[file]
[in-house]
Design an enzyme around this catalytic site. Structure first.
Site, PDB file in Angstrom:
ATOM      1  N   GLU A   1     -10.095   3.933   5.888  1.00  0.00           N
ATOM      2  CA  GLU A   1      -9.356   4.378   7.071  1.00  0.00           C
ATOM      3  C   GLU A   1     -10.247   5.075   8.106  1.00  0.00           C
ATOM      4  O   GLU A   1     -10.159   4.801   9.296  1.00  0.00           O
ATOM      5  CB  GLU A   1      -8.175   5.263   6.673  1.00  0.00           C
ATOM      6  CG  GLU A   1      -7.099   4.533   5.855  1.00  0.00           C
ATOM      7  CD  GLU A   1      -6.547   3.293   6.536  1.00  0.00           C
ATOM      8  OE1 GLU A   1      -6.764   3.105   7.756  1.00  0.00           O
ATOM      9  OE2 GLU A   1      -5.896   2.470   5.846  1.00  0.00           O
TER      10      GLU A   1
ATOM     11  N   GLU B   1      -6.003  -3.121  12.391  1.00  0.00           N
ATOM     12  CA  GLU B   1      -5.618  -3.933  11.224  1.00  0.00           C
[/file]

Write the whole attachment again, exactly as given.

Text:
[in-house]
Design an enzyme around this catalytic site. Structure first.
Site, PDB file in Angstrom:
ATOM      1  N   GLU A   1     -10.095   3.933   5.888  1.00  0.00           N
ATOM      2  CA  GLU A   1      -9.356   4.378   7.071  1.00  0.00           C
ATOM      3  C   GLU A   1     -10.247   5.075   8.106  1.00  0.00           C
ATOM      4  O   GLU A   1     -10.159   4.801   9.296  1.00  0.00           O
ATOM      5  CB  GLU A   1      -8.175   5.263   6.673  1.00  0.00           C
ATOM      6  CG  GLU A   1      -7.099   4.533   5.855  1.00  0.00           C
ATOM      7  CD  GLU A   1      -6.547   3.293   6.536  1.00  0.00           C
ATOM      8  OE1 GLU A   1      -6.764   3.105   7.756  1.00  0.00           O
ATOM      9  OE2 GLU A   1      -5.896   2.470   5.846  1.00  0.00           O
TER      10      GLU A   1
ATOM     11  N   GLU B   1      -6.003  -3.121  12.391  1.00  0.00           N
ATOM     12  CA  GLU B   1      -5.618  -3.933  11.224  1.00  0.00           C